[note]: the data of two books are loaded here, both of which are mentioned in Li Mu's divine book. Since the code encapsulated by Mu Shen is loaded Time machine, I copied the code of the previous two blogs here to load the Star Wars dataset. The following content is a reproduction of Mu God's curriculum and code. I will mark the knowledge points in yellow.

%matplotlib inline import math import torch from torch import nn from torch.nn import functional as F from d2l import torch as d2l import re import collections import random

## 1. Data loading and conversion

### 1.1 load the book Time machine

# Load data batch_size,num_steps = 32,35 train_iter,vocab = d2l.load_data_time_machine(batch_size,num_steps)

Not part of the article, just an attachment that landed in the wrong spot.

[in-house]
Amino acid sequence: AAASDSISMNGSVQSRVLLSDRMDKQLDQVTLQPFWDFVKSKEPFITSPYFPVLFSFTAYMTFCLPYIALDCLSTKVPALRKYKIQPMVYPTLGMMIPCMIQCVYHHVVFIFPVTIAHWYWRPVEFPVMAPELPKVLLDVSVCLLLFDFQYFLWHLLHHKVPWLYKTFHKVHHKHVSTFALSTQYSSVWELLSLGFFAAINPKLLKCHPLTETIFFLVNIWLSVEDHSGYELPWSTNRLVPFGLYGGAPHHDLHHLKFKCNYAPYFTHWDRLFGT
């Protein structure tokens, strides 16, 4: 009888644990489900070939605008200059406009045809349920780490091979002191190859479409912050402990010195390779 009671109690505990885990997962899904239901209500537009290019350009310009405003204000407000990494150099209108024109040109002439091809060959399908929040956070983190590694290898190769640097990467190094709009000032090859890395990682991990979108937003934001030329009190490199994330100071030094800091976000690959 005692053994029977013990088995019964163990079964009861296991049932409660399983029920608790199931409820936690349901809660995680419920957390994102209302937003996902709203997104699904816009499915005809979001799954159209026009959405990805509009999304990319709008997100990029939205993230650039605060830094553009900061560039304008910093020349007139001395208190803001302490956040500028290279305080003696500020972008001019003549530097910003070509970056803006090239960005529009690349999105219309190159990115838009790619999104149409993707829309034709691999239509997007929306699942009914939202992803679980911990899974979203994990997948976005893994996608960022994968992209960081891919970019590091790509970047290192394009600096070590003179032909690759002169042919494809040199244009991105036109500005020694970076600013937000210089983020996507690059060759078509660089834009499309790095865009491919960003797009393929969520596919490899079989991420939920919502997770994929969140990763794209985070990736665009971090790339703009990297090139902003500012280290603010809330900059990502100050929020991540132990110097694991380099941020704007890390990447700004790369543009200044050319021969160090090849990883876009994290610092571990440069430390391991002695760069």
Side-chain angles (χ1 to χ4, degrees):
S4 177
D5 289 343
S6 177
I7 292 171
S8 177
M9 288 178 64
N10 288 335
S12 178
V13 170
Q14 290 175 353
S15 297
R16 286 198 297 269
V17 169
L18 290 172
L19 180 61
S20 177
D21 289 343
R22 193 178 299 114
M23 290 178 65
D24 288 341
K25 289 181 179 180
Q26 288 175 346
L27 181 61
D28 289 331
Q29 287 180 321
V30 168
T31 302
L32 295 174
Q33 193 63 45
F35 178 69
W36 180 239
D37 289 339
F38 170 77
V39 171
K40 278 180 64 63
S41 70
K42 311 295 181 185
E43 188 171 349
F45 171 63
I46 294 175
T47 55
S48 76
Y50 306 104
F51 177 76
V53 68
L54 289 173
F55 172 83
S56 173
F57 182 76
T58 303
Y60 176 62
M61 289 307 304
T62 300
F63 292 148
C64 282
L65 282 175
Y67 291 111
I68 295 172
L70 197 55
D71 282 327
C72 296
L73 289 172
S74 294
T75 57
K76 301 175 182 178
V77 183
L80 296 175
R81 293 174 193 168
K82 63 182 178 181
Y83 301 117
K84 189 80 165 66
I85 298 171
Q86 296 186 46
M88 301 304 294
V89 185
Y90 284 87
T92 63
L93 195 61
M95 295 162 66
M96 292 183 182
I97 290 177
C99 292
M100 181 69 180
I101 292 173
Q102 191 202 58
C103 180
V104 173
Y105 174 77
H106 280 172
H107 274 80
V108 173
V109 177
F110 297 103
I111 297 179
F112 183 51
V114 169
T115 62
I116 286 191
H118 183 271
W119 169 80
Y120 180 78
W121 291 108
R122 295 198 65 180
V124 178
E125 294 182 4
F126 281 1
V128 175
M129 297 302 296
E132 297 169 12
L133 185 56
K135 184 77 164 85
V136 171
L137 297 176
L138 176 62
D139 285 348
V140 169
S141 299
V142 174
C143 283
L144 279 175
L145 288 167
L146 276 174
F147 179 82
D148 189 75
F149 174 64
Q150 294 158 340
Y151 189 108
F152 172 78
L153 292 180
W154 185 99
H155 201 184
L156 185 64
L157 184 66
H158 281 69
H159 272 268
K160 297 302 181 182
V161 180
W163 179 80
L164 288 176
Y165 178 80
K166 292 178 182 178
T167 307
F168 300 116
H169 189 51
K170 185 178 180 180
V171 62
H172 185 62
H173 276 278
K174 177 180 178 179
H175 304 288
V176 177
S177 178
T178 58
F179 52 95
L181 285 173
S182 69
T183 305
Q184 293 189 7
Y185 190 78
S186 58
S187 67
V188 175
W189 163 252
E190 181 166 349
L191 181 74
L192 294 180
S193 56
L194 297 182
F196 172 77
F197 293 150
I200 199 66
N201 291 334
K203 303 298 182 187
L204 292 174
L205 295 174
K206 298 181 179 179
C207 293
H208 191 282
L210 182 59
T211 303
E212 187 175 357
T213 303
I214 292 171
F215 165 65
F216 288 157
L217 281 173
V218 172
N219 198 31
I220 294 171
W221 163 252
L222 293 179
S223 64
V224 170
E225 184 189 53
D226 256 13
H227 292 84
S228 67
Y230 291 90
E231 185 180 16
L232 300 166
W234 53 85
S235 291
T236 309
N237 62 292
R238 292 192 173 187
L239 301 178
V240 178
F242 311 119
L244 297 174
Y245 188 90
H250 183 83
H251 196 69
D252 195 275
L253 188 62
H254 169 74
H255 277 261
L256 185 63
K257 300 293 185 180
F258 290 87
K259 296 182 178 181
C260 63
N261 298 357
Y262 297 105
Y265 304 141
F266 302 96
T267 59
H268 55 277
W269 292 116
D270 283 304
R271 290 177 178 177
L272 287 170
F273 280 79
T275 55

# Encode the number of each mark # The unique codes with indexes 0 and 2 are as follows F.one_hot(torch.tensor([0,2]),len(vocab))

tensor([[1, 0, 0, 0, 0, 0, 0, 0, 0, 0, 0, 0, 0, 0, 0, 0, 0, 0, 0, 0, 0, 0, 0, 0, 0, 0, 0, 0], [0, 0, 1, 0, 0, 0, 0, 0, 0, 0, 0, 0, 0, 0, 0, 0, 0, 0, 0, 0, 0, 0, 0, 0, 0, 0, 0, 0]])

the small batch shape we sample each time is (batch size, time steps). one_hot coding converts such a small batch into a three-dimensional tensor, and the last dimension is equal to the vocabulary size (len(vocab)). We often replace the input dimensions to obtain the output of shapes (time steps, batch size, vocabulary size). This will make it easier for us to update the hidden state of small batches step by step through the outermost dimension. (imagine the data on each time step we input during training later. The transposed data is convenient for us to read in python and has a certain calculation acceleration effect)

X = torch.arange(10).reshape((2, 5)) F.one_hot(X.T, 28).shape

torch.Size([5, 2, 28])

### 1.2 reading the Star Wars Book dataset

Manually modify the previous code a little. There is no encapsulation for easy viewing